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Ken Wild – Island Expressions

Ken Wild paints on the beach.While folks across the territory might know St. John resident Ken Wild as the archeologist at V.I. National Park, he’s also an artist with works on display at Michael Banzhaf gallery.

"It’s my way of relaxing. Put on a little music and enjoy the day at the beach," Wild said.

Indeed, Wild said it’s the music and the beautiful colors of St. John that inspire him even though he doesn’t paint what’s right in front of him.

Wild can often be found weekends with daughter Emily, 12, at one of St. John’s beaches. With a canvas in his lap, he creates imaginative paintings in oil.

"I like painting outside because I like the way the light hits the canvas," he said.

While his paintings aren’t usually of the beach, they include fish, people and whatever strikes his imagination.

"I scuba dive a lot so I like to paint things I see underwater, but I need to do more landscapes because they sell better," he said, laughing.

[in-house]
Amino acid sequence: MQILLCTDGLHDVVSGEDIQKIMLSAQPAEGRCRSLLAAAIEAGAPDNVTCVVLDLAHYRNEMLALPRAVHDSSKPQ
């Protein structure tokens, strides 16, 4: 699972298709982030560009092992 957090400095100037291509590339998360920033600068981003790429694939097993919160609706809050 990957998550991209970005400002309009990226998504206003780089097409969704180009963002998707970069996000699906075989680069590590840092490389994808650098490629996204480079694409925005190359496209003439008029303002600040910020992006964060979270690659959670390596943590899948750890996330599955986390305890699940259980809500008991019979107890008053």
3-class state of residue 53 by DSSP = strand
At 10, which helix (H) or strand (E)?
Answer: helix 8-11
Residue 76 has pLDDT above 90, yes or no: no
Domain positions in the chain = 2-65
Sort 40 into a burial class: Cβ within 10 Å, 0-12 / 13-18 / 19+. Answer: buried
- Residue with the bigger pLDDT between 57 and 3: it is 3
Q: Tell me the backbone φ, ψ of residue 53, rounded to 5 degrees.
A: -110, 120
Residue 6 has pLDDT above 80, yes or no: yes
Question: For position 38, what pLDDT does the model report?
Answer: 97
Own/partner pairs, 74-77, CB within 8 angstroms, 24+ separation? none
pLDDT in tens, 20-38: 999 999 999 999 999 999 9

Self-taught, Wild first developed an interest in art after college. He began by copying works by Impressionist artists Claude Monet and Vincent Van Gogh. He moved on to Norman Rockwell before painting his original works.

Born in Chattanooga, Tenn., Wild graduated from the University of Tennessee at Chattanooga with a bachelor’s degree in anthropology/archeology. He subsequently received a master’s degree in archeology from Florida State University.

He put in stints with the National Oceanic and Atmospheric Administration before moving on to the National Park Service. He worked at Biscayne Bay National Park and Dry Tortugas National Park, both in Florida, as well as assignments at parks throughout the Park Service’s Southeast Region.

"One year, I found 37 shipwrecks," Wild said.

He went to work at San Juan National Historic Site in 1995, spending some of the ensuing years working on St. John at the Trunk Bay archeological dig. In 1995, he and his wife, Kim, and their daughter made the move to St. John.

"I couldn’t be happier," he said.

Wild also has another daughter, Lauren, 26, who lives in Tallahassee.

When he’s not out painting, Wild is on the job. He’s about to start another archeological dig at Cinnamon Bay, and he’s often involved with park programs that involve the territory’s youth.

"It’s nice to be involved in the community," he said.

Wild’s work can be seen by visiting http://kwildpaintings.blogspot.com/ or www.michaelbanzhafgallery.com.

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